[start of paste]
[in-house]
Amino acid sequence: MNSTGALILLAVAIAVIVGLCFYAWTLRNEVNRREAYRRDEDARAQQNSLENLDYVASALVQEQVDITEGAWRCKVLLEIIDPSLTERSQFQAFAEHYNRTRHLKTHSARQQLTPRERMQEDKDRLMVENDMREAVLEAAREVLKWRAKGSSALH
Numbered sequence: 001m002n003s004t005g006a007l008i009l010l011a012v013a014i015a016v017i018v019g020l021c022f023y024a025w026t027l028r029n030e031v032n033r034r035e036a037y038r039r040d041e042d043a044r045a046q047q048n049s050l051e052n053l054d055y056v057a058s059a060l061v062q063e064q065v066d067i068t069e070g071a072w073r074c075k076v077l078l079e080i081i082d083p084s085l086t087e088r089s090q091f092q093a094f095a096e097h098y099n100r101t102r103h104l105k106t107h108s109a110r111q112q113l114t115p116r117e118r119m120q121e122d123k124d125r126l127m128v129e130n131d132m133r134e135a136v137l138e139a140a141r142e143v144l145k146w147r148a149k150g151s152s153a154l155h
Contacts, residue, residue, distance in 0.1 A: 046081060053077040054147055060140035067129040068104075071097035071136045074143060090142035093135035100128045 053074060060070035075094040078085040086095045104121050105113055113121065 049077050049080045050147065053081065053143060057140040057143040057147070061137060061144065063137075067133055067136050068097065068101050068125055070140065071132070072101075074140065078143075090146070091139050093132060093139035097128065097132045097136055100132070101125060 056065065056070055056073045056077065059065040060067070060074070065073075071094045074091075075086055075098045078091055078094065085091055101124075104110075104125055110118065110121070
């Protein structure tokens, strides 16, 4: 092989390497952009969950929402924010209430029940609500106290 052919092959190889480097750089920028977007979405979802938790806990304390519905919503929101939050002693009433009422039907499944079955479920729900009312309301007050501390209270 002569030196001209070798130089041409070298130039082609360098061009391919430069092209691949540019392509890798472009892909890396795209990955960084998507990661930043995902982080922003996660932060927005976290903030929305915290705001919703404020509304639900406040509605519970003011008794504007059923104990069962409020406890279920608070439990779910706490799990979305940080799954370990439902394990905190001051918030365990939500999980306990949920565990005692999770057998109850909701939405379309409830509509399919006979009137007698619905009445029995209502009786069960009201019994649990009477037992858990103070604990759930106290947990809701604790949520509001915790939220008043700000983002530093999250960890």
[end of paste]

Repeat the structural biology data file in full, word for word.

[in-house]
Amino acid sequence: MNSTGALILLAVAIAVIVGLCFYAWTLRNEVNRREAYRRDEDARAQQNSLENLDYVASALVQEQVDITEGAWRCKVLLEIIDPSLTERSQFQAFAEHYNRTRHLKTHSARQQLTPRERMQEDKDRLMVENDMREAVLEAAREVLKWRAKGSSALH
Numbered sequence: 001m002n003s004t005g006a007l008i009l010l011a012v013a014i015a016v017i018v019g020l021c022f023y024a025w026t027l028r029n030e031v032n033r034r035e036a037y038r039r040d041e042d043a044r045a046q047q048n049s050l051e052n053l054d055y056v057a058s059a060l061v062q063e064q065v066d067i068t069e070g071a072w073r074c075k076v077l078l079e080i081i082d083p084s085l086t087e088r089s090q091f092q093a094f095a096e097h098y099n100r101t102r103h104l105k106t107h108s109a110r111q112q113l114t115p116r117e118r119m120q121e122d123k124d125r126l127m128v129e130n131d132m133r134e135a136v137l138e139a140a141r142e143v144l145k146w147r148a149k150g151s152s153a154l155h
Contacts, residue, residue, distance in 0.1 A: 046081060053077040054147055060140035067129040068104075071097035071136045074143060090142035093135035100128045 053074060060070035075094040078085040086095045104121050105113055113121065 049077050049080045050147065053081065053143060057140040057143040057147070061137060061144065063137075067133055067136050068097065068101050068125055070140065071132070072101075074140065078143075090146070091139050093132060093139035097128065097132045097136055100132070101125060 056065065056070055056073045056077065059065040060067070060074070065073075071094045074091075075086055075098045078091055078094065085091055101124075104110075104125055110118065110121070
């Protein structure tokens, strides 16, 4: 092989390497952009969950929402924010209430029940609500106290 052919092959190889480097750089920028977007979405979802938790806990304390519905919503929101939050002693009433009422039907499944079955479920729900009312309301007050501390209270 002569030196001209070798130089041409070298130039082609360098061009391919430069092209691949540019392509890798472009892909890396795209990955960084998507990661930043995902982080922003996660932060927005976290903030929305915290705001919703404020509304639900406040509605519970003011008794504007059923104990069962409020406890279920608070439990779910706490799990979305940080799954370990439902394990905190001051918030365990939500999980306990949920565990005692999770057998109850909701939405379309409830509509399919006979009137007698619905009445029995209502009786069960009201019994649990009477037992858990103070604990759930106290947990809701604790949520509001915790939220008043700000983002530093999250960890």